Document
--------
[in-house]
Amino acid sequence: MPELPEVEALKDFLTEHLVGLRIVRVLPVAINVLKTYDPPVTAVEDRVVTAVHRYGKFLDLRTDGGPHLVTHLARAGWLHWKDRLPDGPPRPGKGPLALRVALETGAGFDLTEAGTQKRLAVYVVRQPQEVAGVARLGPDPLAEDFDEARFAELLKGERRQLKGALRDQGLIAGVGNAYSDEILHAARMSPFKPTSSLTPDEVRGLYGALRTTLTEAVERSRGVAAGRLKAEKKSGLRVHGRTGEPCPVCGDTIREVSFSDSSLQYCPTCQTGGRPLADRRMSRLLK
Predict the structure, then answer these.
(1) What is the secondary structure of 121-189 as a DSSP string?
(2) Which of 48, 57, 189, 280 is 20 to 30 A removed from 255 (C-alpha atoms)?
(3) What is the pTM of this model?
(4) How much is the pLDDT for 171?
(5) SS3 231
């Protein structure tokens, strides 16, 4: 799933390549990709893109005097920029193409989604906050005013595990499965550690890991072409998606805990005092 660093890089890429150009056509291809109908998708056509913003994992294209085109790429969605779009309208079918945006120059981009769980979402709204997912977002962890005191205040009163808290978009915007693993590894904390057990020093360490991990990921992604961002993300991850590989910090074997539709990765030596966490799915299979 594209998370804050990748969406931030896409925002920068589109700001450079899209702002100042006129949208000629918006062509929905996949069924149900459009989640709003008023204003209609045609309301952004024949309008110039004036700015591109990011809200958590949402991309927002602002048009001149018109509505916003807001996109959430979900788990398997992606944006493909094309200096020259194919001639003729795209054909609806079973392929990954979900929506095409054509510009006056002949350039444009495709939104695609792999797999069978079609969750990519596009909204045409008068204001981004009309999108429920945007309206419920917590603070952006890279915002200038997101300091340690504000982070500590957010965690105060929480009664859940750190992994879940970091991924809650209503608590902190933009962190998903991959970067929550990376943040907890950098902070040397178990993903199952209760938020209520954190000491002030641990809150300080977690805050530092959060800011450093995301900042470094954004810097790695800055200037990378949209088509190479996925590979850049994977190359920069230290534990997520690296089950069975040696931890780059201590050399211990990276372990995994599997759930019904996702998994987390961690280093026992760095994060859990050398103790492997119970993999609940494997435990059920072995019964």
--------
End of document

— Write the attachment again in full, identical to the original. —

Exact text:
[in-house]
Amino acid sequence: MPELPEVEALKDFLTEHLVGLRIVRVLPVAINVLKTYDPPVTAVEDRVVTAVHRYGKFLDLRTDGGPHLVTHLARAGWLHWKDRLPDGPPRPGKGPLALRVALETGAGFDLTEAGTQKRLAVYVVRQPQEVAGVARLGPDPLAEDFDEARFAELLKGERRQLKGALRDQGLIAGVGNAYSDEILHAARMSPFKPTSSLTPDEVRGLYGALRTTLTEAVERSRGVAAGRLKAEKKSGLRVHGRTGEPCPVCGDTIREVSFSDSSLQYCPTCQTGGRPLADRRMSRLLK
Predict the structure, then answer these.
(1) What is the secondary structure of 121-189 as a DSSP string?
(2) Which of 48, 57, 189, 280 is 20 to 30 A removed from 255 (C-alpha atoms)?
(3) What is the pTM of this model?
(4) How much is the pLDDT for 171?
(5) SS3 231
């Protein structure tokens, strides 16, 4: 799933390549990709893109005097920029193409989604906050005013595990499965550690890991072409998606805990005092 660093890089890429150009056509291809109908998708056509913003994992294209085109790429969605779009309208079918945006120059981009769980979402709204997912977002962890005191205040009163808290978009915007693993590894904390057990020093360490991990990921992604961002993300991850590989910090074997539709990765030596966490799915299979 594209998370804050990748969406931030896409925002920068589109700001450079899209702002100042006129949208000629918006062509929905996949069924149900459009989640709003008023204003209609045609309301952004024949309008110039004036700015591109990011809200958590949402991309927002602002048009001149018109509505916003807001996109959430979900788990398997992606944006493909094309200096020259194919001639003729795209054909609806079973392929990954979900929506095409054509510009006056002949350039444009495709939104695609792999797999069978079609969750990519596009909204045409008068204001981004009309999108429920945007309206419920917590603070952006890279915002200038997101300091340690504000982070500590957010965690105060929480009664859940750190992994879940970091991924809650209503608590902190933009962190998903991959970067929550990376943040907890950098902070040397178990993903199952209760938020209520954190000491002030641990809150300080977690805050530092959060800011450093995301900042470094954004810097790695800055200037990378949209088509190479996925590979850049994977190359920069230290534990997520690296089950069975040696931890780059201590050399211990990276372990995994599997759930019904996702998994987390961690280093026992760095994060859990050398103790492997119970993999609940494997435990059920072995019964």